Directors are also responsible in ensuring that the company complies with relevant taxes and other statutory deductions legislations and that appropriate returns are filed in time and applicable taxes or contributions paid.

 

What constitutes a breach of fiduciary duty?

There’s any number of different actions a director can take which could constitute a breach of fiduciary duty. These include: –

  • Failing to comply with the company’s constitution or acting for an improper purpose.
  • Failing to make a business decision in good faith and in the best interest of shareholders (or creditors where a company is insolvent).
  • Placing a personal interest ahead of the company’s interest.
  • Employing or using company’s property, information or opportunity to gain an advantage for themselves or a connected party.
  • Engaging in conduct which is detrimental to the interest of the company with the intention of obtaining a personal benefit.
  • Using their position to engage in a conduct that enable them to gain an advantage for themselves or a connected party (such as a family member) to the detriment of the company.

 

What are the Potential Penalties for Failing to meet your duties as a Director?

A director who breaches their duties can be subjected to various legal sanctions including an order for account or restitution by the company. Where the directors are unwilling to take action against the wrongdoer, one or more shareholders can institute a derivative action on behalf of the company against a specific director or directors. Equally, under Part XXX of the Companies Act, the director could be the subject of an investigations by the Court or the Attorney General and thereafter prosecuted by the Director of Public Prosecution (DPP) for any offences arising from such investigations.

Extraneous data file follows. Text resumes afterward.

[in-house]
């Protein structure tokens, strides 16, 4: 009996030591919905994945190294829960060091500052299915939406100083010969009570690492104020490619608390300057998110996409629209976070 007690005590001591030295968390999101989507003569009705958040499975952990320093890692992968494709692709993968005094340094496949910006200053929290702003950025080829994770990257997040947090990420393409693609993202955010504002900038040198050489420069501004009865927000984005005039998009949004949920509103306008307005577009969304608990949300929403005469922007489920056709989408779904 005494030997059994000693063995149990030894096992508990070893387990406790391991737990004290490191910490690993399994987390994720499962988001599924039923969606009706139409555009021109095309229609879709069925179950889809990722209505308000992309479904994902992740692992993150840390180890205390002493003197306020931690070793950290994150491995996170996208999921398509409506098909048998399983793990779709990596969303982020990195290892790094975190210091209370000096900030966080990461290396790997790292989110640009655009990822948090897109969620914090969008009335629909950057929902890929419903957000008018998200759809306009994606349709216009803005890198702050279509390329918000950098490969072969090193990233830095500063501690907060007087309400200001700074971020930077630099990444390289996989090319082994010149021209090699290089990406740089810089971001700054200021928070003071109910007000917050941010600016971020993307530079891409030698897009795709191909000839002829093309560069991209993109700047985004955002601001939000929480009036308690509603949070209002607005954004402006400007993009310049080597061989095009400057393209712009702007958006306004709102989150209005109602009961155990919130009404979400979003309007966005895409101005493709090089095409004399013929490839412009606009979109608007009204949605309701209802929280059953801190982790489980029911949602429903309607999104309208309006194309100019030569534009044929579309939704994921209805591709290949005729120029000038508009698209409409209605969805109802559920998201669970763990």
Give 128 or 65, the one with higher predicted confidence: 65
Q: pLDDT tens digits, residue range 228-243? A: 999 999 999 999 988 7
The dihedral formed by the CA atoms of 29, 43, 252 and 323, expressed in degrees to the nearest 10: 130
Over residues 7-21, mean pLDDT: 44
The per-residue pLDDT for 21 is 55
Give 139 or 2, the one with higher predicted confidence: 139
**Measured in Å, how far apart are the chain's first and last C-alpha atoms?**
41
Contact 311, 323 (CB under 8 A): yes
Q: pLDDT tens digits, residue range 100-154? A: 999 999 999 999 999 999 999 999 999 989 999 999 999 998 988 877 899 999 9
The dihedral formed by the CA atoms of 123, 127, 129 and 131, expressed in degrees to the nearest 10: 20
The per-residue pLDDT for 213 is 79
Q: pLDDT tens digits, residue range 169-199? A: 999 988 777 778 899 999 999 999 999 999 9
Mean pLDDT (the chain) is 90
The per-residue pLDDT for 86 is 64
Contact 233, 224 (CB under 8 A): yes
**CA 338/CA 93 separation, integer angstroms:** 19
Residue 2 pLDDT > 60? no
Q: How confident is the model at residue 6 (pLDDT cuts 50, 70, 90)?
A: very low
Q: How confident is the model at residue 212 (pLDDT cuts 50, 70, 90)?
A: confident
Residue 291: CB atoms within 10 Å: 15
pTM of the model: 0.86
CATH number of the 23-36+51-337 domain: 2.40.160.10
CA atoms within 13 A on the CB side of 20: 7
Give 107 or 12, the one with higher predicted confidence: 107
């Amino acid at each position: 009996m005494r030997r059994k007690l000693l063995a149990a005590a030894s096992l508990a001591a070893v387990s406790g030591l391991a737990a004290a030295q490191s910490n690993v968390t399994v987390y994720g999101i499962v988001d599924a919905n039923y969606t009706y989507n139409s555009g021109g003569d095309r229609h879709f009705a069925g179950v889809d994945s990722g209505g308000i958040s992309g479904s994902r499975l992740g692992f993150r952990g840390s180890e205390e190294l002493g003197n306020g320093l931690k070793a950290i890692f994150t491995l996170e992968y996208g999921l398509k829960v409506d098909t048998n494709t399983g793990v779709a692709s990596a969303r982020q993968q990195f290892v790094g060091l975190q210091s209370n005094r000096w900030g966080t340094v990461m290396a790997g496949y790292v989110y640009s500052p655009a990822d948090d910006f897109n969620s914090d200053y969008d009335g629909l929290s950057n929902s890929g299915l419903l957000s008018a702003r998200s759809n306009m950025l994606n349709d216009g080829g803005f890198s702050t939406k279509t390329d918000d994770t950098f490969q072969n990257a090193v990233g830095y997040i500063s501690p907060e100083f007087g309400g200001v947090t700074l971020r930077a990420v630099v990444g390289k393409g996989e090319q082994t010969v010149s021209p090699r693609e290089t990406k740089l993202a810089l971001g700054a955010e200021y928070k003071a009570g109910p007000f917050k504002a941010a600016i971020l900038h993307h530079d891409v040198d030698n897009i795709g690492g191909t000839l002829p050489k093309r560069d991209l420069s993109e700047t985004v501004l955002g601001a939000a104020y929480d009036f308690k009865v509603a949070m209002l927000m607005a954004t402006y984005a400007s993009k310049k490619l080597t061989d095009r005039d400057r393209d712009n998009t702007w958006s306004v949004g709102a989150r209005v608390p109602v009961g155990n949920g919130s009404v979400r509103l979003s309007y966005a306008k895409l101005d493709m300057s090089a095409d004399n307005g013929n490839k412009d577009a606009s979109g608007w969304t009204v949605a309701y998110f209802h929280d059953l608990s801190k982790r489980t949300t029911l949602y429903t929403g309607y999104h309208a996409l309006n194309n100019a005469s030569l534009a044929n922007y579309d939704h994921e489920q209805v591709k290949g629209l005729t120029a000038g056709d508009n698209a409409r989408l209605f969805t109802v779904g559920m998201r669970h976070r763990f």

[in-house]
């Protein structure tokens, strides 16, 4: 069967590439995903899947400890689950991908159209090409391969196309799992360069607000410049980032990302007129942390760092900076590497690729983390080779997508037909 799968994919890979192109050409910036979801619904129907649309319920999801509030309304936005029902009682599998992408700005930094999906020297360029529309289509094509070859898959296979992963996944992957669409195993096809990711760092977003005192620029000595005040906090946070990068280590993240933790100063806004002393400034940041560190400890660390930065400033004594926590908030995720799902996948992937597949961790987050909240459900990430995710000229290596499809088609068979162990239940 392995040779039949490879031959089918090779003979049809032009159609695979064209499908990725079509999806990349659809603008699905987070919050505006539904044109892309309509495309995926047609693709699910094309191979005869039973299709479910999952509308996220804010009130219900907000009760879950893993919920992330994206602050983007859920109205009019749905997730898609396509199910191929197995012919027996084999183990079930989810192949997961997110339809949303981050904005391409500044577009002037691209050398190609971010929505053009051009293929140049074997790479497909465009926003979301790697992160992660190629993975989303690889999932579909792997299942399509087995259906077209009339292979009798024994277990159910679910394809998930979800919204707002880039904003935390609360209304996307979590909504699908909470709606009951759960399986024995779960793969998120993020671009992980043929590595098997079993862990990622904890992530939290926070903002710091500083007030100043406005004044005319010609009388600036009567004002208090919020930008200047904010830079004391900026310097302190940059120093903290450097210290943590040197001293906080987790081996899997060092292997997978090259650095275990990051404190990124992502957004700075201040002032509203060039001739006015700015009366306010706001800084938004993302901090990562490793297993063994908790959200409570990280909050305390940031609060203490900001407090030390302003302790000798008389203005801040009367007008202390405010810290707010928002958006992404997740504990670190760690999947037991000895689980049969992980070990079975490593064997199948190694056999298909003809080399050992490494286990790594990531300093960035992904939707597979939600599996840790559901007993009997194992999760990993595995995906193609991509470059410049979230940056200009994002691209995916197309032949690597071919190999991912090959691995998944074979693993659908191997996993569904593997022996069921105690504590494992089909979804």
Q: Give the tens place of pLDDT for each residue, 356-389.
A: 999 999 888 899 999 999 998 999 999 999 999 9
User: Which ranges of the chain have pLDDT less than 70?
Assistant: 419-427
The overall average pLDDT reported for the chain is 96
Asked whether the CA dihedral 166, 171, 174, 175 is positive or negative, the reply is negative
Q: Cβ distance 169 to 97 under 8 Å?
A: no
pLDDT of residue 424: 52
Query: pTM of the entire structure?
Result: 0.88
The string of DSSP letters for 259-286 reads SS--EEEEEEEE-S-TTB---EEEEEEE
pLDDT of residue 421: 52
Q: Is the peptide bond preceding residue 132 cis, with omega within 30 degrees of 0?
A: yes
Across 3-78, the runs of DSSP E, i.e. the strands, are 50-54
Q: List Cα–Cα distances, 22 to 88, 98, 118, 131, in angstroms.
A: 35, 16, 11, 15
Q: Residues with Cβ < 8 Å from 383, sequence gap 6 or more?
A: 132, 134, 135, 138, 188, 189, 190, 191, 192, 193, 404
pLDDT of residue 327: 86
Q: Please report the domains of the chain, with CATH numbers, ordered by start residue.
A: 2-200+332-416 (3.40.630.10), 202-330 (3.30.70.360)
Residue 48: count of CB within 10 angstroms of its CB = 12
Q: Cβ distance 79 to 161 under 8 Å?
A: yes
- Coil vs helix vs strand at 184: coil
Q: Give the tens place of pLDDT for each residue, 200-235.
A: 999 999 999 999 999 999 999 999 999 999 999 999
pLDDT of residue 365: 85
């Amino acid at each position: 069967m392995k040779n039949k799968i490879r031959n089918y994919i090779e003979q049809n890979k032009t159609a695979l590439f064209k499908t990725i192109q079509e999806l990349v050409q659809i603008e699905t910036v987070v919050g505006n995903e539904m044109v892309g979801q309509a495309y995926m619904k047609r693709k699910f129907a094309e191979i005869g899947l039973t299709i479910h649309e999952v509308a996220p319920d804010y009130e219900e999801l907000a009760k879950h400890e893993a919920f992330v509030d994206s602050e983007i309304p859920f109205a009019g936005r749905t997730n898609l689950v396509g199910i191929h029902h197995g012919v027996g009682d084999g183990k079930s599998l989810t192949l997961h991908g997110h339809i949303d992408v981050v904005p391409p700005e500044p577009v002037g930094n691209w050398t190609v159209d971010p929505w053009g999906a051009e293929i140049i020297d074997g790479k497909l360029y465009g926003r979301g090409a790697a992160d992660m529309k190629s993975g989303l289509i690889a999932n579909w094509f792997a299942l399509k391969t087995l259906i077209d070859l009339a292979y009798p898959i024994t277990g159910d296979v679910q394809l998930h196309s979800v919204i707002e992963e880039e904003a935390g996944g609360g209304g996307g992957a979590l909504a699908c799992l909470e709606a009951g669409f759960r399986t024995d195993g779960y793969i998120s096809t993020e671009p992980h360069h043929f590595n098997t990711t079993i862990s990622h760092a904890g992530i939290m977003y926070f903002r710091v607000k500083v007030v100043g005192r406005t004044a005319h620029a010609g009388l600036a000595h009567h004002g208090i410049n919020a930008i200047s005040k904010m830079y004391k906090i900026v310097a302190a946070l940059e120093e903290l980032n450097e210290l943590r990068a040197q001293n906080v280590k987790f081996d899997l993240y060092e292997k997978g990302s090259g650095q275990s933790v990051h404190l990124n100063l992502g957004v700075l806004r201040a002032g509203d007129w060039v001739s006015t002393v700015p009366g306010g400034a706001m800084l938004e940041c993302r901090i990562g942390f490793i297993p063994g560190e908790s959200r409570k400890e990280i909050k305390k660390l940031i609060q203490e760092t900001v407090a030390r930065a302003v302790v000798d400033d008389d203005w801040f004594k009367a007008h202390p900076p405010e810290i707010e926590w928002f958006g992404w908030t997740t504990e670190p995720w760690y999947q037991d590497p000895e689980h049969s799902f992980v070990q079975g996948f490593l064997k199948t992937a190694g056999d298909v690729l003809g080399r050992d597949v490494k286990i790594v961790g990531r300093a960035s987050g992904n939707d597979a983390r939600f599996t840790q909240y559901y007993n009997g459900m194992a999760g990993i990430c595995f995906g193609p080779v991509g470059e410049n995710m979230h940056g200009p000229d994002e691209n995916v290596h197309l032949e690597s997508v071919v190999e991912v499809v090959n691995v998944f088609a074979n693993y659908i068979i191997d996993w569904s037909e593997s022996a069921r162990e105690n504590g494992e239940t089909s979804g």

The consequences for breach of duties as a director include:

Disqualification as a director – Part X of the Act provides for disqualification of directors for breach of duty and this can range from 5 to 15 years.  This is reserved for serious cases such as fraudulent behaviour, failing to file returns or properly maintain accounting records, fraud or breach of duty committed while company is in liquidation or under administration and serious statutory breaches and violations.

Personal liability for company debts – Directors that allow their company to trade while it’s insolvent could be made personally liable for the repayment of company debts.

Removal from office – Under section 139, the company may, by ordinary resolution at a meeting, remove a director before the end of the director’s period of office, despite anything to the contrary in any agreement between the company and the director. However, a special notice is required for a resolution to remove a director under this section and appoint a replacement director at the meeting at which the director is removed.

Damages or compensation for financial losses incurred – Where appropriate, the director can be pursued through the courts for an action for tracing of assets or order for account, potentially leading to the loss of personal assets.

Setting aside transactions – Transactions that were entered into which were not deemed to be in the best interests of the company can be rescinded or cancelled.

Criminal fines – Offences which are most likely to attract criminal fines relate to the failure to file documents at Companies House either on time or at all.